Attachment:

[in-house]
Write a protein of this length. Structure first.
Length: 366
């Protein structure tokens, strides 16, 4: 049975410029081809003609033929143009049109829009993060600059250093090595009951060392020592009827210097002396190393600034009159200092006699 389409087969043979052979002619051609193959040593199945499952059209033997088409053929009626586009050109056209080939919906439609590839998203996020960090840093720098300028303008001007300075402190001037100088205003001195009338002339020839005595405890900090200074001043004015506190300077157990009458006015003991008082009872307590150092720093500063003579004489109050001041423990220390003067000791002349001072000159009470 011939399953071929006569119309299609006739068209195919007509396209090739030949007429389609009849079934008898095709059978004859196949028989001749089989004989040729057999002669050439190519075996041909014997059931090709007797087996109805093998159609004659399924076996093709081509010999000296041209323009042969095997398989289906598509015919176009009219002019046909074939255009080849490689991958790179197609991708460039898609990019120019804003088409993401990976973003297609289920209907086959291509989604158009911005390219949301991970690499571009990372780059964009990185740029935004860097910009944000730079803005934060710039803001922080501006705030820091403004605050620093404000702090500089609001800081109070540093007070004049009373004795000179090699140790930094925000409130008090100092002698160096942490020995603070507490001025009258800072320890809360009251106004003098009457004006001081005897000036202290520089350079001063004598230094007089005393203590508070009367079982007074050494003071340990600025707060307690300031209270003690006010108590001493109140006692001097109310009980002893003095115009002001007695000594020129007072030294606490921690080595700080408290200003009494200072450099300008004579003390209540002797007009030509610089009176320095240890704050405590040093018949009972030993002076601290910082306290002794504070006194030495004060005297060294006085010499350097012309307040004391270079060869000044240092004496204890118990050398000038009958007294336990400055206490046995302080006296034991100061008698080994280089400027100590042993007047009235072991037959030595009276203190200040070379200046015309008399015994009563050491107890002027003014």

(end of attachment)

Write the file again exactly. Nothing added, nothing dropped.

[in-house]
Write a protein of this length. Structure first.
Length: 366
């Protein structure tokens, strides 16, 4: 049975410029081809003609033929143009049109829009993060600059250093090595009951060392020592009827210097002396190393600034009159200092006699 389409087969043979052979002619051609193959040593199945499952059209033997088409053929009626586009050109056209080939919906439609590839998203996020960090840093720098300028303008001007300075402190001037100088205003001195009338002339020839005595405890900090200074001043004015506190300077157990009458006015003991008082009872307590150092720093500063003579004489109050001041423990220390003067000791002349001072000159009470 011939399953071929006569119309299609006739068209195919007509396209090739030949007429389609009849079934008898095709059978004859196949028989001749089989004989040729057999002669050439190519075996041909014997059931090709007797087996109805093998159609004659399924076996093709081509010999000296041209323009042969095997398989289906598509015919176009009219002019046909074939255009080849490689991958790179197609991708460039898609990019120019804003088409993401990976973003297609289920209907086959291509989604158009911005390219949301991970690499571009990372780059964009990185740029935004860097910009944000730079803005934060710039803001922080501006705030820091403004605050620093404000702090500089609001800081109070540093007070004049009373004795000179090699140790930094925000409130008090100092002698160096942490020995603070507490001025009258800072320890809360009251106004003098009457004006001081005897000036202290520089350079001063004598230094007089005393203590508070009367079982007074050494003071340990600025707060307690300031209270003690006010108590001493109140006692001097109310009980002893003095115009002001007695000594020129007072030294606490921690080595700080408290200003009494200072450099300008004579003390209540002797007009030509610089009176320095240890704050405590040093018949009972030993002076601290910082306290002794504070006194030495004060005297060294006085010499350097012309307040004391270079060869000044240092004496204890118990050398000038009958007294336990400055206490046995302080006296034991100061008698080994280089400027100590042993007047009235072991037959030595009276203190200040070379200046015309008399015994009563050491107890002027003014």